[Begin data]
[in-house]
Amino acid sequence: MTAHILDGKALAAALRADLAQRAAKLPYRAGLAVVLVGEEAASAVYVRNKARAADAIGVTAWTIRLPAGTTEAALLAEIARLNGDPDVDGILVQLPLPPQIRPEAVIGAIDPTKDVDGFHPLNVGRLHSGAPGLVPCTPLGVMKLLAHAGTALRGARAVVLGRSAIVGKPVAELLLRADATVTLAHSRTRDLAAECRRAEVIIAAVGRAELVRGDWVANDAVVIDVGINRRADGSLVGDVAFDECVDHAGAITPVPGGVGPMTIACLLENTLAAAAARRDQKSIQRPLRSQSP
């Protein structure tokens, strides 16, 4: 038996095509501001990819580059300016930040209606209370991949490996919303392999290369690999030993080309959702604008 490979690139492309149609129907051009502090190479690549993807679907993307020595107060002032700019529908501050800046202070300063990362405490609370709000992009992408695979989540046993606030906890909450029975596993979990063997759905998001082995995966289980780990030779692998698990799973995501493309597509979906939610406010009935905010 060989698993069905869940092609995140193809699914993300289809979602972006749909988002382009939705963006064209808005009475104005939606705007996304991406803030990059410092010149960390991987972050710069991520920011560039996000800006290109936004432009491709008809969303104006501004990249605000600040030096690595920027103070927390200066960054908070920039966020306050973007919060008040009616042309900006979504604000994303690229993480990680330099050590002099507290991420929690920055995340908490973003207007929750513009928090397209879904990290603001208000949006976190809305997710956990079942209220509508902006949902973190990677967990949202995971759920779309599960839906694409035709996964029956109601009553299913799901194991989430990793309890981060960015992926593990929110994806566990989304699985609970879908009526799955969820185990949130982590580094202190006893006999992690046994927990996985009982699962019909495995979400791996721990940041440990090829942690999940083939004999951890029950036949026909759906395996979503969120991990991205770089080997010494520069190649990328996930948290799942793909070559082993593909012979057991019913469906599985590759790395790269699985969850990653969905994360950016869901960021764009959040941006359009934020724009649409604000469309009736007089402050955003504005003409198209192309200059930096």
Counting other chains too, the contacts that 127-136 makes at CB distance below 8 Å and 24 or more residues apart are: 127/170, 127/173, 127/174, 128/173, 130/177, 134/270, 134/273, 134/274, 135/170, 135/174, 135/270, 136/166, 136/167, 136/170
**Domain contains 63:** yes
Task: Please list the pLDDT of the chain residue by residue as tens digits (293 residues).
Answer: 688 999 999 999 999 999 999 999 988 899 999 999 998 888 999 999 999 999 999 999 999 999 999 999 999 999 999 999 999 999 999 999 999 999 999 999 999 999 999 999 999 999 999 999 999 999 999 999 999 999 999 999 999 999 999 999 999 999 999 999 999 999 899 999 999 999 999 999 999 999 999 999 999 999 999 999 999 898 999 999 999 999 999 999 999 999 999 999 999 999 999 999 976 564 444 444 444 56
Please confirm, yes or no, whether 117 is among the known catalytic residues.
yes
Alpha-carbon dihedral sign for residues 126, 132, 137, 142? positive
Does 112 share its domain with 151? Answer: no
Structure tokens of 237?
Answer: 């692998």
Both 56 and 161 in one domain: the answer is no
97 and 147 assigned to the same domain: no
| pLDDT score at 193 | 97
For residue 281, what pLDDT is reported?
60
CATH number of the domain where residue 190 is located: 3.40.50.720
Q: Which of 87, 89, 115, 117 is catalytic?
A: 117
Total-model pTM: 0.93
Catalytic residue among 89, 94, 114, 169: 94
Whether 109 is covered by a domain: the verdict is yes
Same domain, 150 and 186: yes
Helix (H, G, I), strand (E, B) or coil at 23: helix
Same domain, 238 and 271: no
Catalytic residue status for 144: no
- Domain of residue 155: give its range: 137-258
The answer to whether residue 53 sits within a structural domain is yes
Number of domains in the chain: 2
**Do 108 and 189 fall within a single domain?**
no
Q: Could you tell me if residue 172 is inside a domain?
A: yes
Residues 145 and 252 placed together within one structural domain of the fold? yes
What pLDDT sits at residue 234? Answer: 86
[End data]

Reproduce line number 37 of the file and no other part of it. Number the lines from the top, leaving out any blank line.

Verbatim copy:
What pLDDT sits at residue 234? Answer: 86